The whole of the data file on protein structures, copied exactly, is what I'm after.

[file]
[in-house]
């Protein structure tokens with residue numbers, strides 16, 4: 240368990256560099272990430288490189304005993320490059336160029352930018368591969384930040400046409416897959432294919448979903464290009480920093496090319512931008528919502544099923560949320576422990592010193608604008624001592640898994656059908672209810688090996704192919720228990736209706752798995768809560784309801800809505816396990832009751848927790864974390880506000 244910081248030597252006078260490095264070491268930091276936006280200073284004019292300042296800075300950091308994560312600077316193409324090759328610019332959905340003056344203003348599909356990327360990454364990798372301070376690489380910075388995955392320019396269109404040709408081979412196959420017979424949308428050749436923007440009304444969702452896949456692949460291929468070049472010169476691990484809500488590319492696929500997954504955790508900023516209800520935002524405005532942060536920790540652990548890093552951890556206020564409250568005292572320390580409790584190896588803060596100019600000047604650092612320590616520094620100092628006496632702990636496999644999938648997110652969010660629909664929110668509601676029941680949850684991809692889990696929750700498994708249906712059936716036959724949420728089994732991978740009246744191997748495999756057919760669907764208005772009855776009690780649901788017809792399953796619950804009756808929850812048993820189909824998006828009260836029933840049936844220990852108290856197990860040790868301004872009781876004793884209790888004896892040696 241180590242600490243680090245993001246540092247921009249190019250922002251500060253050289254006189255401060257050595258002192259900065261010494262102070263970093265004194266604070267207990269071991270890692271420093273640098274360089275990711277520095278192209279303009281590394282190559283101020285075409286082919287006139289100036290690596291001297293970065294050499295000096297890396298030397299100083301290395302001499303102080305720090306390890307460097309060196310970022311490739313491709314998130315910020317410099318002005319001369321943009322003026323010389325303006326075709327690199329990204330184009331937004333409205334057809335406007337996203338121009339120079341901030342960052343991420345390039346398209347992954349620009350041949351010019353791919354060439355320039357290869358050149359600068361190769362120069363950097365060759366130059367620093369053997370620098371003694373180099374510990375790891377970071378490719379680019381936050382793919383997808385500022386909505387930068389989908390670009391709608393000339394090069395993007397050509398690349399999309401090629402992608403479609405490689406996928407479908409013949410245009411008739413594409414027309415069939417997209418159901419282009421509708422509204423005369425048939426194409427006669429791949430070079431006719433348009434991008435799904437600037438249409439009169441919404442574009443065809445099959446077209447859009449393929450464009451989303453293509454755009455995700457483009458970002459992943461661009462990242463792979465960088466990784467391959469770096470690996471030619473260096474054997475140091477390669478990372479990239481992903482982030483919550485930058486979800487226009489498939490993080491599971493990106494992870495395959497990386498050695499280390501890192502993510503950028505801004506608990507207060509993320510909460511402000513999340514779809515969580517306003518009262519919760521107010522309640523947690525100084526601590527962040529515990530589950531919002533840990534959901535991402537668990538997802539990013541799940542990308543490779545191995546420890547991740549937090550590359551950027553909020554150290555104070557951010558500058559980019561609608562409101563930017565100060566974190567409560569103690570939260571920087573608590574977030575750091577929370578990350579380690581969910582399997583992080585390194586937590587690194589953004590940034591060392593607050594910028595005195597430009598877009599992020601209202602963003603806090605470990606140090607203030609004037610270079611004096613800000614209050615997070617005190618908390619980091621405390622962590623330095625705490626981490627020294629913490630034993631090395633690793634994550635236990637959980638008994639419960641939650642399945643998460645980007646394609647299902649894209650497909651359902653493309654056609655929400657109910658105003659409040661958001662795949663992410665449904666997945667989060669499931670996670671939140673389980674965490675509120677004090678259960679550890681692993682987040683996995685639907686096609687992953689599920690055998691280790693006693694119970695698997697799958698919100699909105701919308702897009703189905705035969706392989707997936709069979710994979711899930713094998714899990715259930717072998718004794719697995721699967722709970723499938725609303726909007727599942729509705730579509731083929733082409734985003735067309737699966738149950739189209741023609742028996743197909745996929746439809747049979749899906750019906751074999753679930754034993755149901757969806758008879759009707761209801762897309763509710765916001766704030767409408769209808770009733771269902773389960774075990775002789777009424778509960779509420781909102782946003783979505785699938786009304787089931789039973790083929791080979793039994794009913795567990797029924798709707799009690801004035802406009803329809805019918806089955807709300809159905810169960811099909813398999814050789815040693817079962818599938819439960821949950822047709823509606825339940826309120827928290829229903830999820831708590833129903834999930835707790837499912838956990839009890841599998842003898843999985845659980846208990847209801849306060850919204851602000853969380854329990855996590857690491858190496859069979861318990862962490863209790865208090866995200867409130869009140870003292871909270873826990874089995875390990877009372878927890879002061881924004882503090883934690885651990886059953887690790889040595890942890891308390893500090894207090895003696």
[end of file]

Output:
[in-house]
């Protein structure tokens with residue numbers, strides 16, 4: 240368990256560099272990430288490189304005993320490059336160029352930018368591969384930040400046409416897959432294919448979903464290009480920093496090319512931008528919502544099923560949320576422990592010193608604008624001592640898994656059908672209810688090996704192919720228990736209706752798995768809560784309801800809505816396990832009751848927790864974390880506000 244910081248030597252006078260490095264070491268930091276936006280200073284004019292300042296800075300950091308994560312600077316193409324090759328610019332959905340003056344203003348599909356990327360990454364990798372301070376690489380910075388995955392320019396269109404040709408081979412196959420017979424949308428050749436923007440009304444969702452896949456692949460291929468070049472010169476691990484809500488590319492696929500997954504955790508900023516209800520935002524405005532942060536920790540652990548890093552951890556206020564409250568005292572320390580409790584190896588803060596100019600000047604650092612320590616520094620100092628006496632702990636496999644999938648997110652969010660629909664929110668509601676029941680949850684991809692889990696929750700498994708249906712059936716036959724949420728089994732991978740009246744191997748495999756057919760669907764208005772009855776009690780649901788017809792399953796619950804009756808929850812048993820189909824998006828009260836029933840049936844220990852108290856197990860040790868301004872009781876004793884209790888004896892040696 241180590242600490243680090245993001246540092247921009249190019250922002251500060253050289254006189255401060257050595258002192259900065261010494262102070263970093265004194266604070267207990269071991270890692271420093273640098274360089275990711277520095278192209279303009281590394282190559283101020285075409286082919287006139289100036290690596291001297293970065294050499295000096297890396298030397299100083301290395302001499303102080305720090306390890307460097309060196310970022311490739313491709314998130315910020317410099318002005319001369321943009322003026323010389325303006326075709327690199329990204330184009331937004333409205334057809335406007337996203338121009339120079341901030342960052343991420345390039346398209347992954349620009350041949351010019353791919354060439355320039357290869358050149359600068361190769362120069363950097365060759366130059367620093369053997370620098371003694373180099374510990375790891377970071378490719379680019381936050382793919383997808385500022386909505387930068389989908390670009391709608393000339394090069395993007397050509398690349399999309401090629402992608403479609405490689406996928407479908409013949410245009411008739413594409414027309415069939417997209418159901419282009421509708422509204423005369425048939426194409427006669429791949430070079431006719433348009434991008435799904437600037438249409439009169441919404442574009443065809445099959446077209447859009449393929450464009451989303453293509454755009455995700457483009458970002459992943461661009462990242463792979465960088466990784467391959469770096470690996471030619473260096474054997475140091477390669478990372479990239481992903482982030483919550485930058486979800487226009489498939490993080491599971493990106494992870495395959497990386498050695499280390501890192502993510503950028505801004506608990507207060509993320510909460511402000513999340514779809515969580517306003518009262519919760521107010522309640523947690525100084526601590527962040529515990530589950531919002533840990534959901535991402537668990538997802539990013541799940542990308543490779545191995546420890547991740549937090550590359551950027553909020554150290555104070557951010558500058559980019561609608562409101563930017565100060566974190567409560569103690570939260571920087573608590574977030575750091577929370578990350579380690581969910582399997583992080585390194586937590587690194589953004590940034591060392593607050594910028595005195597430009598877009599992020601209202602963003603806090605470990606140090607203030609004037610270079611004096613800000614209050615997070617005190618908390619980091621405390622962590623330095625705490626981490627020294629913490630034993631090395633690793634994550635236990637959980638008994639419960641939650642399945643998460645980007646394609647299902649894209650497909651359902653493309654056609655929400657109910658105003659409040661958001662795949663992410665449904666997945667989060669499931670996670671939140673389980674965490675509120677004090678259960679550890681692993682987040683996995685639907686096609687992953689599920690055998691280790693006693694119970695698997697799958698919100699909105701919308702897009703189905705035969706392989707997936709069979710994979711899930713094998714899990715259930717072998718004794719697995721699967722709970723499938725609303726909007727599942729509705730579509731083929733082409734985003735067309737699966738149950739189209741023609742028996743197909745996929746439809747049979749899906750019906751074999753679930754034993755149901757969806758008879759009707761209801762897309763509710765916001766704030767409408769209808770009733771269902773389960774075990775002789777009424778509960779509420781909102782946003783979505785699938786009304787089931789039973790083929791080979793039994794009913795567990797029924798709707799009690801004035802406009803329809805019918806089955807709300809159905810169960811099909813398999814050789815040693817079962818599938819439960821949950822047709823509606825339940826309120827928290829229903830999820831708590833129903834999930835707790837499912838956990839009890841599998842003898843999985845659980846208990847209801849306060850919204851602000853969380854329990855996590857690491858190496859069979861318990862962490863209790865208090866995200867409130869009140870003292871909270873826990874089995875390990877009372878927890879002061881924004882503090883934690885651990886059953887690790889040595890942890891308390893500090894207090895003696």